As a heatwave continues to cook the Pacific Northwest of the United States this week, heat records have fallen like dominos throughout the rest of the northern hemisphere. Even the United Nation’s World Meteorological Organization (WMO), which registers global temperature extremes, admitted that it was having trouble keeping up. “So many records have been broken that it is difficult to keep track,” the organization wrote in its latest report on exceptional heat. Seattle set an all-time record of 104°F (40°C) on June 27, then immediately broke it the next day, with a high of 107°F (41.7°C). Portland hit 112°F (44.4°C). Last Wednesday, the Canadian mountain town of Lytton broke the country’s all-time record, reaching 121.3°F (49.6 °C), a temperature I last experienced when reporting in Jacobabad, Pakistan, long considered to be one of the hottest cities on earth.
Indeed, the latest report from the European Union’s Copernicus Climate Change service, which tracks global temperatures using billions of measurements taken from around the world, confirms what we already know: June 2021 was the warmest June recorded in North America.
The fact that the hottest northern hemisphere Junes have all happened in the past six years gives us a pretty good indication of where things are going next.
As the WMO seeks to verify reports of the highest-ever temperature north of the Arctic Circle since records there began—100.4°F (38°C) in the Siberian town of Verkhoyansk—North Africa, the Middle East, eastern Europe and northern India are all experiencing temperatures significantly above average for extended periods of time.
Of course, single-day spikes, heat waves and heat domes are weather, not climate. But these early summer extremes are taking place against the backdrop of human-induced climate change. Average global temperatures are already 1.2°C higher than pre-industrial levels. “Heatwaves are becoming more frequent and intense as greenhouse gas concentrations lead to a rise in global temperatures,” says Omar Baddour, head of the WMO’s Climate Monitoring and Policy Division. “We are also noticing [that] they are starting earlier and ending later and are taking an increasing toll on human health.” Think of those extra degrees as putting weather on stilts: the temperatures go higher, and everything is less stable.
In some cases, literally.
Consistent above-average temperatures in the Russian arctic are contributing to the melting of permafrost—the year-round frozen ground that defines the region. As the once solid ground degrades into soft soil, buildings and infrastructure like roads and electrical lines start to collapse. Aleksandr Kozlov, Russia’s Minister of Natural Resources, told a minister’s council in May that more than 40% of the northern region’s buildings are starting to deform. Nearly 30% of oil and gas installations are inoperable. By 2050, Russian researchers estimate that the melting permafrost will inflict damages worth about $69 billion, about a quarter of the current Russian federal budget.
On the other side of the arctic, near Greenland, polar bears and other arctic wildlife are also starting to feel the heat. A study published last week in the journal Communications Earth & Environment finds that a formally reliable bank of sea ice in the Wandel Sea is now under threat. The region was once known to scientists as the “last ice area” for its thick, year-round plates of ice critical for the survival of polar bears, seals and walruses. But when a German research vessel reached the area during the course of an arctic transit last summer, the captain encountered wide swaths of open water in a sobering preview of ice-free arctic summers to come.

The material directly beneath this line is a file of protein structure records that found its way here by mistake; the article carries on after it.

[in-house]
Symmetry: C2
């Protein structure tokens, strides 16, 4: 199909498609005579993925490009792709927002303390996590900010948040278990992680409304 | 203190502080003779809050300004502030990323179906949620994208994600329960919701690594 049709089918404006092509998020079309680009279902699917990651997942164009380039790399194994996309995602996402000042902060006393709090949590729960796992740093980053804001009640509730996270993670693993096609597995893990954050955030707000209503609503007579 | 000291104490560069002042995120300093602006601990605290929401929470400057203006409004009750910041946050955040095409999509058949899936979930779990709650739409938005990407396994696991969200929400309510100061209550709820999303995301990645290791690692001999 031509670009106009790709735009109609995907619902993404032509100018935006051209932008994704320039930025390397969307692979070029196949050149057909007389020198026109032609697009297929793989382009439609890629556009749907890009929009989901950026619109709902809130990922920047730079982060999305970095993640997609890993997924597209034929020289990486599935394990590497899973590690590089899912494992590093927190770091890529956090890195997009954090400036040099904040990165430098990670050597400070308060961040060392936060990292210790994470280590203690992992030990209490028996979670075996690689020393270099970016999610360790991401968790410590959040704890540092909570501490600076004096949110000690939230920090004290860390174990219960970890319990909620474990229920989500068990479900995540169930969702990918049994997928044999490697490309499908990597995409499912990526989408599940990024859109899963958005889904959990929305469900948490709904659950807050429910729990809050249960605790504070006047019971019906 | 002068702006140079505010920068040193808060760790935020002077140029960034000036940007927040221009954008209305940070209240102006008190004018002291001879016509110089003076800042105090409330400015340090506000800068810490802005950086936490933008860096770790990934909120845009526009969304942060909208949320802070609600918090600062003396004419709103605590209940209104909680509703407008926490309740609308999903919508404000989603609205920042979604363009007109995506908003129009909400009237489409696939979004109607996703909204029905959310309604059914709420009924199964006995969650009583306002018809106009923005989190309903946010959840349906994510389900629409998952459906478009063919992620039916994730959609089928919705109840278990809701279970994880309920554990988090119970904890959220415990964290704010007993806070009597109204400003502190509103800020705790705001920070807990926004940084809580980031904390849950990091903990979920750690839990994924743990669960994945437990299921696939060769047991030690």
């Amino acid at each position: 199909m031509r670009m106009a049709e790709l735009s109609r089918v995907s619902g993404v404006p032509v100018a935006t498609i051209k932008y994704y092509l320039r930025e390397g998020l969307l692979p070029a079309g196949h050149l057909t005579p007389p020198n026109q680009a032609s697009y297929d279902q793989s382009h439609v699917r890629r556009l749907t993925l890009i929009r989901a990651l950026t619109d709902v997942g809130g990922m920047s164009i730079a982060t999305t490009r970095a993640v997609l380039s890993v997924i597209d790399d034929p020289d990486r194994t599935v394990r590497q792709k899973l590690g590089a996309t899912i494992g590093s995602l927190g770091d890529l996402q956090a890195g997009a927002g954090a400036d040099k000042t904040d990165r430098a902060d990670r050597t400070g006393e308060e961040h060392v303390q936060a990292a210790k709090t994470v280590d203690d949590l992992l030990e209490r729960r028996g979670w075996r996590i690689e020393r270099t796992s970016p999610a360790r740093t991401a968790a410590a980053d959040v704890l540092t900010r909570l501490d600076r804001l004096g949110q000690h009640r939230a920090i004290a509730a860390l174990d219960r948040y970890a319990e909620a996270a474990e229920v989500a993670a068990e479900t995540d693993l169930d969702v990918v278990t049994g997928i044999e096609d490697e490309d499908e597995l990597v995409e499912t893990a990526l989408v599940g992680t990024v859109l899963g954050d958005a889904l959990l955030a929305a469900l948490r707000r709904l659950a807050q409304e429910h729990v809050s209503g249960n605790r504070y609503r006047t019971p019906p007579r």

Computer modeling suggests that by the end of the century these temperature extremes will become the norm. And more heat means more deaths. The heatwave in the Pacific Northwest has already claimed hundreds of lives; a May study published in the journal Nature Climate Change found that 37% of heat-related deaths could be linked to climate change, with some scientists projecting that by 2100 the number of annual heat deaths could match those from infectious disease. But that is only if nothing is done. A 2019 study in Science Advances showed that deaths from heat waves could be substantially reduced if the world reduces its greenhouse gas emissions enough to meet the Paris climate agreement goals.
This most recent heat bomb may just provide the right incentive for policy makers and citizens to reach that goal—with a caveat: a survey of American adults conducted by the University of Michigan and Muhlenberg College in the wake of a May 2018 heat wave showed a record level of acceptance that global warming is caused by human activity. Still, a 2021 survey in the same series demonstrated that while 60% of Americans are linking record warmth to the broader effects of human-induced global warming, only 10% believe that reducing greenhouse gas emissions is the best way to combat it.
Unless attitudes change, record heat won’t either.
- Here’s How Effective the Original Vaccines Are Against Omicron
- The Promise—And Possible Perils—of Editing What We Say Online
- How Trump Survived Decades of Legal Trouble: Deny, Deflect, Delay, and Don't Put Anything in Writing
- Flint Is Still Shaken by its Water Crisis—and Residents Are Experiencing Long-Term Mental-Health Issues
- A Beer Shortage Is Brewing. A Volcano Is Partly to Blame
- How Fasting Can—and Can't—Improve Gut Health
- Cities Keep Enforcing Curfews for Teens, Despite Evidence They Don't Stop Crime
- Joe Manchin’s Red Tape Reform Could Supercharge Renewable Energy in the U.S.
- Column: We Should Talk More About What a Brilliant Actor Marilyn Monroe Was